November 24, 2004

Chicago style Welcome

Our first day back J and I were greeted as only a November day in the Midwest can: with 3+ inches of snow and chilly temps to remind us that we're not in Kansas anymore (or Mediterranean Europe for that matter).

Nevertheless, one far more positive result of this realization was the imagine Christmas-story-esque views:

Parent's backyard cum Winter Wonderland

"You'll Shoot Your Eye Out!"

November 23, 2004

Sweet Home Chicago

Well, thanks to pea soup fog in Madrid and a narrow connection window in Frankfurt we missed our Chicago leg...which was more than a little disappointing given we had pegged the 23rd as our return date for many moons. That said we got a free night at a 4* and some decent chow and business class on our 9 hour return flight :-).

My wife had me convinced that given the number of countries we've been to, the time that has elapsed since the start of the trip and the number of countries we hit that the Custom officials would probably scowl at us and give us a thorough search and detainment...but all we got was a couple of questions and a quick wave to proceed, followed by a 2 hour wait for Janet's bag to finally be delivered to us by the incompetent Luftansa baggage handlers.

A Sort of Homecoming

So...........we come home with (slightly) mixed emotions. First and foremost, we are pretty well ecstatic to be heading State-side to be with our families and Chicago-based friends in time for the Holidays. Towards the end of our journey we found ourselves imagining who we'd see and when, how big the Salapatek, Hughes and Mangan kiddies had grown in the last year, tree trimming with the fam, Illini basketball games w/ Alumni friends, what San Francisco will be like, etc. etc.

On the other hand, there was a slight tinge of sadness with the knowledge that this was indeed our last leg before returning to the oft described and mildly concerning "normal life", one in which the challenges are far different and the subject matter quite familiar.

That said, we return a bit travel weary and more than a bit grateful for what we have experienced thus far and that we will be sharing those experiences w/ peeps we care about.

J and I will be working on a grande blog re-cap, complete with learnings and observations that I cannot promise will be insightful or entertaining but will at least be cathartic for us :-).

It's good to be home!


November 22, 2004

Espania Recapo

Spain tied Thailand for the country we entered/re-entered the most times (four), so we covered a lotta ground :-):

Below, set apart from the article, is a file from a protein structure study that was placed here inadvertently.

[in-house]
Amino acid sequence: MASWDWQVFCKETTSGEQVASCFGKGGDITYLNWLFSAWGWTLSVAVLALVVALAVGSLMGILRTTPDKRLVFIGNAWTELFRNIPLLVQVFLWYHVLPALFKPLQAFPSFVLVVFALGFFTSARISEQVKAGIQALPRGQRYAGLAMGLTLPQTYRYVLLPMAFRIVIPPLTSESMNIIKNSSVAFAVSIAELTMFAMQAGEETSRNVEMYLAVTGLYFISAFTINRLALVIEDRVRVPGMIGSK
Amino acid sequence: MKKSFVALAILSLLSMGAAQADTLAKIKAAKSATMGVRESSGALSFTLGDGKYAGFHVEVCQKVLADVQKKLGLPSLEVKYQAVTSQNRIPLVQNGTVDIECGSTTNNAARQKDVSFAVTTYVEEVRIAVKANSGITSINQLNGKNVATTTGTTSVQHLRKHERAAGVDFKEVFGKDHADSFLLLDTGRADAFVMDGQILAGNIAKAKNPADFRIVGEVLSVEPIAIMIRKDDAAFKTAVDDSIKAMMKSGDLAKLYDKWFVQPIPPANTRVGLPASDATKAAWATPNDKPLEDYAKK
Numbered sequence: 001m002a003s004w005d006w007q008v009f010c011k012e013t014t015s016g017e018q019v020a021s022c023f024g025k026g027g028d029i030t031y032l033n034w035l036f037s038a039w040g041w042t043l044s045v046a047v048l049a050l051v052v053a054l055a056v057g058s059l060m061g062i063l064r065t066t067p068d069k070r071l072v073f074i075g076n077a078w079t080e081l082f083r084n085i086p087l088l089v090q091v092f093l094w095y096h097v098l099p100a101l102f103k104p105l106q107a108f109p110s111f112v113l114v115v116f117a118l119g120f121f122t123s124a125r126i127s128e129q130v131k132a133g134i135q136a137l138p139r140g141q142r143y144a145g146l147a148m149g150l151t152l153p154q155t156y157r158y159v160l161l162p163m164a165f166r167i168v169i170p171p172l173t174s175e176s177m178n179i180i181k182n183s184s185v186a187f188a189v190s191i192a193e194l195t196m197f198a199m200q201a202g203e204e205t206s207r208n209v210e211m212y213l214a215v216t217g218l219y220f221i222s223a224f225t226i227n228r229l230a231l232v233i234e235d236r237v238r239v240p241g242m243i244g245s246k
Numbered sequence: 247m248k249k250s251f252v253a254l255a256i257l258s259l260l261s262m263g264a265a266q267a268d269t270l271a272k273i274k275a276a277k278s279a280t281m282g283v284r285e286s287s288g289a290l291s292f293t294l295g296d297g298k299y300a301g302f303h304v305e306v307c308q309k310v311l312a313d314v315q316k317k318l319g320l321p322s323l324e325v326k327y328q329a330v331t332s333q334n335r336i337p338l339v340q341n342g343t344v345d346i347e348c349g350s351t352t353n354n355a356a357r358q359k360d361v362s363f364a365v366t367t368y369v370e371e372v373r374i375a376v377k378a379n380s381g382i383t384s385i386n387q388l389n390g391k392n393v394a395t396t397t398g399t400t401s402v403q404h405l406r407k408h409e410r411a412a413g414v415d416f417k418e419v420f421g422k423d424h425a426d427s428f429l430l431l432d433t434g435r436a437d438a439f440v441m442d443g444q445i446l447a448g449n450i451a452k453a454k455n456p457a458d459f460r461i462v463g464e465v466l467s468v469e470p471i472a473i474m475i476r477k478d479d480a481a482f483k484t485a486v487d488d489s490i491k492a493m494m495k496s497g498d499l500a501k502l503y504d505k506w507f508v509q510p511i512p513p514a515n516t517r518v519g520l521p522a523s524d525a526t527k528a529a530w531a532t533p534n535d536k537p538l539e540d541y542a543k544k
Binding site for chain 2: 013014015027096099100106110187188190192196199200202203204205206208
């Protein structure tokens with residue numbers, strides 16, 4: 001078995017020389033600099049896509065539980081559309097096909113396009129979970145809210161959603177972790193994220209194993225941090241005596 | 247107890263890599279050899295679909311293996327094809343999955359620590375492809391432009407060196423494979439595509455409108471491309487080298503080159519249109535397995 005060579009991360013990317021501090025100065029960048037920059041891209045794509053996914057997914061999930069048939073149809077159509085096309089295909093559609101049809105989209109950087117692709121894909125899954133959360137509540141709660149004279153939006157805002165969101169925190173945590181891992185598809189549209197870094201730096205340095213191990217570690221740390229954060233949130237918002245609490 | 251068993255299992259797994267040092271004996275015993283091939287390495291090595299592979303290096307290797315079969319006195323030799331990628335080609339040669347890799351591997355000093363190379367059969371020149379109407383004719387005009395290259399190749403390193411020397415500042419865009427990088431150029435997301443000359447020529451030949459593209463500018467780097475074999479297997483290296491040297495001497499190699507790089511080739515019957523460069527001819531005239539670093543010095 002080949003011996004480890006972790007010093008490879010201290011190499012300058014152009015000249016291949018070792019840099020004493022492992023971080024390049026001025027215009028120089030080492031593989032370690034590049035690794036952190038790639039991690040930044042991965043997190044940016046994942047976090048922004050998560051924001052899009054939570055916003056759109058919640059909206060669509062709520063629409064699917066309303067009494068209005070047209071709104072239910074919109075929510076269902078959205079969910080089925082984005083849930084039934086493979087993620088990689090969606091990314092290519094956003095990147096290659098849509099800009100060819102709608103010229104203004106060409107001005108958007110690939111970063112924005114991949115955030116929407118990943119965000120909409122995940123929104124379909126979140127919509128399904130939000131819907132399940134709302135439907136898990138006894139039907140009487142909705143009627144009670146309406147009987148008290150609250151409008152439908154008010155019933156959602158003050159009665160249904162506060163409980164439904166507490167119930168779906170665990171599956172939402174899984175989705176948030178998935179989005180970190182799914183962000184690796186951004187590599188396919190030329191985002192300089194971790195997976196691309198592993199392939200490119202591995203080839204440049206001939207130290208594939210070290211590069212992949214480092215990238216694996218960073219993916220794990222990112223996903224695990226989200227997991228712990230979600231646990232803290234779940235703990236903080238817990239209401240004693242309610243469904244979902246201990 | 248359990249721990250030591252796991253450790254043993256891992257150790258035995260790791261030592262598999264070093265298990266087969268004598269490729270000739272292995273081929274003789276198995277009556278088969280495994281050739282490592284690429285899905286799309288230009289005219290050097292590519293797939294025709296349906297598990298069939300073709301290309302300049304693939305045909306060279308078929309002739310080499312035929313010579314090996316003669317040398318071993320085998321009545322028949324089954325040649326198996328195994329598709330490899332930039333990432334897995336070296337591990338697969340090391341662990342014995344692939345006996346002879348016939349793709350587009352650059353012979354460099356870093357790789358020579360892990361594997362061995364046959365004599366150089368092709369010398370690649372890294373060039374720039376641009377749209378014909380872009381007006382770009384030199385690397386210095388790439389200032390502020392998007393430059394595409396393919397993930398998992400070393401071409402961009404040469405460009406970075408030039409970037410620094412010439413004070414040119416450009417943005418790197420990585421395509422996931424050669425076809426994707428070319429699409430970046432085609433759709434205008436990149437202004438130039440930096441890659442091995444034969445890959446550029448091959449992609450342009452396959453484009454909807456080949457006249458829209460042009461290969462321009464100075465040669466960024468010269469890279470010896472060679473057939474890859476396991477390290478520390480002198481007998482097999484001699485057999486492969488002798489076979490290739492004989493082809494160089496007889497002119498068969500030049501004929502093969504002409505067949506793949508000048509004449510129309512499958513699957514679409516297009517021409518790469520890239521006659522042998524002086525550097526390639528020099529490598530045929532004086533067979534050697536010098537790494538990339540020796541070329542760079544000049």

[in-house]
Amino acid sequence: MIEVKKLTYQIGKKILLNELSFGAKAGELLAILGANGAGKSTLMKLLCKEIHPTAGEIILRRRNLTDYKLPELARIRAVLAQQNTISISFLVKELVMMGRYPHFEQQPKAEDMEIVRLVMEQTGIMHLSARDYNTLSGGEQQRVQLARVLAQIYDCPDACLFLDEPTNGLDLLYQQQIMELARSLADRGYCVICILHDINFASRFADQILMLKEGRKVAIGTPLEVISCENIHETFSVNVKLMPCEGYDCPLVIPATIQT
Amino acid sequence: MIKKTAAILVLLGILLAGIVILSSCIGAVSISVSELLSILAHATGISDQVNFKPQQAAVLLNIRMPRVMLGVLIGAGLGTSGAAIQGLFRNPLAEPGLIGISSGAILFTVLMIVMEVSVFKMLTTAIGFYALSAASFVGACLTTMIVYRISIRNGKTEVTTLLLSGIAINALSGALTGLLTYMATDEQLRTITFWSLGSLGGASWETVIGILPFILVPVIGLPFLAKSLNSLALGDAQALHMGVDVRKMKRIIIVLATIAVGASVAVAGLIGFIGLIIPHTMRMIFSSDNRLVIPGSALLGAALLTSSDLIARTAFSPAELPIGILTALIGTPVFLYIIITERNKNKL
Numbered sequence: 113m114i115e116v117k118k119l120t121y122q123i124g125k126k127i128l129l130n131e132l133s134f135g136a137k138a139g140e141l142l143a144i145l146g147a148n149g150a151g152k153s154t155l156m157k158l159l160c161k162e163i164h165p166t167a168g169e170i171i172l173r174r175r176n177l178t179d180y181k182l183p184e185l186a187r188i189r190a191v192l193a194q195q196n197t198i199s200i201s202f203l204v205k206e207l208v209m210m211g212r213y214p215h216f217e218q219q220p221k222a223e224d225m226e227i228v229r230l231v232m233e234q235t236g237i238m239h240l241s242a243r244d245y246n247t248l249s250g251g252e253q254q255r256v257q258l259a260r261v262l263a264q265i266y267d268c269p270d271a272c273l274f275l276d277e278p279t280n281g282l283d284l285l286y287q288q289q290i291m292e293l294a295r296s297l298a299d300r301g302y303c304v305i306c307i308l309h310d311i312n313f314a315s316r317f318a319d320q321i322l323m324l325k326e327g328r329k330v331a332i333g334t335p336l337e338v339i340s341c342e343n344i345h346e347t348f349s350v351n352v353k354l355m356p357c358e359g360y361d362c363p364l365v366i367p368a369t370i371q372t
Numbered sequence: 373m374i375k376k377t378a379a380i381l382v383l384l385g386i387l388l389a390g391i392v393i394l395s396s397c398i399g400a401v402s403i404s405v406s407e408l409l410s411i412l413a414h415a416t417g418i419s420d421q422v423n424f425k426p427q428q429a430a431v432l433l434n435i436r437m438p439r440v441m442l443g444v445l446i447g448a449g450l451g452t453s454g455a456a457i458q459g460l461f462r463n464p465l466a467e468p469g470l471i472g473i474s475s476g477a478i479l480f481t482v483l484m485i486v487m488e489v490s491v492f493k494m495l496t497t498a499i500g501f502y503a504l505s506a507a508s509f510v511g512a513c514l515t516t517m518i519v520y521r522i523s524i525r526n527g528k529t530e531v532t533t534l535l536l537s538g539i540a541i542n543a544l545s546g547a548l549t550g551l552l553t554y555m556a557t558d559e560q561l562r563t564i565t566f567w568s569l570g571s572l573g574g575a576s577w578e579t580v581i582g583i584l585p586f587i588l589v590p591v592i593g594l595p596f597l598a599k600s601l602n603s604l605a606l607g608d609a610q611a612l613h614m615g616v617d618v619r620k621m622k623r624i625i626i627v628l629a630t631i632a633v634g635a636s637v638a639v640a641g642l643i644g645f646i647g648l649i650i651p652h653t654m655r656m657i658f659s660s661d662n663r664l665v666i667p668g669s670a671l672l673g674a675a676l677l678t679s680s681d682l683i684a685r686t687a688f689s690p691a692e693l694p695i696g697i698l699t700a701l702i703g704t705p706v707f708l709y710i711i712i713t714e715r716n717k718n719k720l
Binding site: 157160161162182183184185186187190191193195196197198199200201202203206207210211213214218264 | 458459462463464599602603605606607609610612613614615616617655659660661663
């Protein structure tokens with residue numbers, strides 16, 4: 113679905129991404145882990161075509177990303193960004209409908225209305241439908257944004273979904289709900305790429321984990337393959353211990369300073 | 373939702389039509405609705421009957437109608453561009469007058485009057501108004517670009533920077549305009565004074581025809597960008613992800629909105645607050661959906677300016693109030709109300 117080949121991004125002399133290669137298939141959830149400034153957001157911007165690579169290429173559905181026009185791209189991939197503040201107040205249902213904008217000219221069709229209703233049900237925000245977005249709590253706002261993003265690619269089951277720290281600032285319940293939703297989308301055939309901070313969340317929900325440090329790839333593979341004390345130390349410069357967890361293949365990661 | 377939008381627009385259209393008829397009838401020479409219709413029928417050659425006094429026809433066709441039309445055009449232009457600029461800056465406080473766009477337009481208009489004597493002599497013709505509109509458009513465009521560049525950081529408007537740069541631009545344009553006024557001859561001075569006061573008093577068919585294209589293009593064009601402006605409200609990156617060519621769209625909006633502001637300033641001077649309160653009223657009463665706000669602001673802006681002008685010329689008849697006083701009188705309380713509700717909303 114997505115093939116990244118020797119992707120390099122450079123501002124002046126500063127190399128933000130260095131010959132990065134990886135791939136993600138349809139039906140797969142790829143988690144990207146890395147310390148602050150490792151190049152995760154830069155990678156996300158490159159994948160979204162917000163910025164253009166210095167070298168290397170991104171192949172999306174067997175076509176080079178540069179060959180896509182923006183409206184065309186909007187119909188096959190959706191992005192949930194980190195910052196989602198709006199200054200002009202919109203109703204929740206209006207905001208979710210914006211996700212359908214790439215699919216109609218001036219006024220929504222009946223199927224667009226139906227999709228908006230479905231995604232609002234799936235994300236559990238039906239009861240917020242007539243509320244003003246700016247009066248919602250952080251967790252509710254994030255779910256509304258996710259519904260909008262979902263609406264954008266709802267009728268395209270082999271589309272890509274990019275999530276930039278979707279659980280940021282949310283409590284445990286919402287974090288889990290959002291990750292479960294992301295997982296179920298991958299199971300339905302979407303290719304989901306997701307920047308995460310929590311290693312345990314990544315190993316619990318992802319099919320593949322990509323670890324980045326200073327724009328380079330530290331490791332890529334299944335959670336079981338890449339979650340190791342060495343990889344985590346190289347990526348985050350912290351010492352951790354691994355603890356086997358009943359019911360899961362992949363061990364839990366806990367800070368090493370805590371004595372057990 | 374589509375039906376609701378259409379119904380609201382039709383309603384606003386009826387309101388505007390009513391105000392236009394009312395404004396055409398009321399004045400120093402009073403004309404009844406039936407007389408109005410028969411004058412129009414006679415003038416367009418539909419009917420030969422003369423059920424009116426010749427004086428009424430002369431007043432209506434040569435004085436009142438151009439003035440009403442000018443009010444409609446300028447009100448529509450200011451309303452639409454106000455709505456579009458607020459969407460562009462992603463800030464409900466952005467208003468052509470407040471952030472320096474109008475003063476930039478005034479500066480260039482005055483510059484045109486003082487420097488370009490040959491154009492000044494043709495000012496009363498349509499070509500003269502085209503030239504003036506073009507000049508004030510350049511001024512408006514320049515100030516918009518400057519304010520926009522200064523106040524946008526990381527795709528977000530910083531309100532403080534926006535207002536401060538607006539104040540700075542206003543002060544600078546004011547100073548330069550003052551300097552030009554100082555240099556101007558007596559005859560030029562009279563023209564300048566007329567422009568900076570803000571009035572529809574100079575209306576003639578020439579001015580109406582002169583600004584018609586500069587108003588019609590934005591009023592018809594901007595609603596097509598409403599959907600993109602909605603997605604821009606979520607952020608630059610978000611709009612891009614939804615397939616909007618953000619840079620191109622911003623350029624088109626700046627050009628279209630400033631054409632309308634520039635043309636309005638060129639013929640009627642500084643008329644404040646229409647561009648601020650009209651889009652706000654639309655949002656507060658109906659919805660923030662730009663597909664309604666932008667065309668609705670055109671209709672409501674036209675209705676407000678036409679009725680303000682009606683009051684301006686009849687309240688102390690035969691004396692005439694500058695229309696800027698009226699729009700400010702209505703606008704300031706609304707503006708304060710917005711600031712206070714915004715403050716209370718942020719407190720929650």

Stuff we found endearing about Spain:

Stuff falling somewhere on the amusing>annoying>disturbing scale:

November 21, 2004

Our last day in Madrid

(Sniff!). After exposing Mr. Bill to the delights of a chocolat con churros breakfast we headed to the Prado, Spain's most famous museum (and one of the best in all of Europe).

It had a wide breadth of paintings but we (naturally) gravitated towards those with mythological themes or the 20th century masters, such as Pablo:

Kind of Blue

Don't think you were supposed to snap pics but I couldn't resist the above...

After spending the day roaming 'round the city (including a crowded and forgettable flea market) we sucked the marrow out of our last evening in Espania by sucking down some Spanish brews, more tapas than you could shake a belly at and a nightcap that insured I would be nice and hungover for the marathon travel day the next morning:

The Three Negra-clad Amigos

November 20, 2004

Mucho Madrid

Today Senior Bill, Janet and I explored the cosmopolitan splendor that is Madrid, starting with the Palacia Real, and if ever there was a "Real" Palace, this puppy would more than qualify. Aside from being absolutely massive...

Keeping it Real commanded a majestic view and, more impressively, had an interior about as gaudily decorated as they come:

It's good to be the King

After a bit of well-earned gelato (tourism is hard!) we mosied on over to the Museo Thyssen, said to have one of the best overviews of 13th > 20th Century art on the planet. We were a bit wiped by this point, but it still managed to impress...

After a bit of unfortunately disappointing Paella, the old folks turned in early on a Saturday night in Spain (sinful, I know).

November 19, 2004

Spoiling Ourselves in Spain

For our fourth and last trip back into mainland Spain we decided to spoil ourselves (my wife's bril idea) with one of the few remaining benefits of my former indentured servitude: hotel points.

We managed to snag three (free) nights at Madrid's The Westin Palace Hotel, our first 5* on this trip (and then some). While we have absolutely dug the backpacker/hostel/budget options of the past 9 months, it was pretty damn gratifying to indulge for a long weekend in one of Europe's swankiest cities (not to mention the rather hellish, cramped and sleepless sleeper train we took from Lisbon the night before):

Room with a view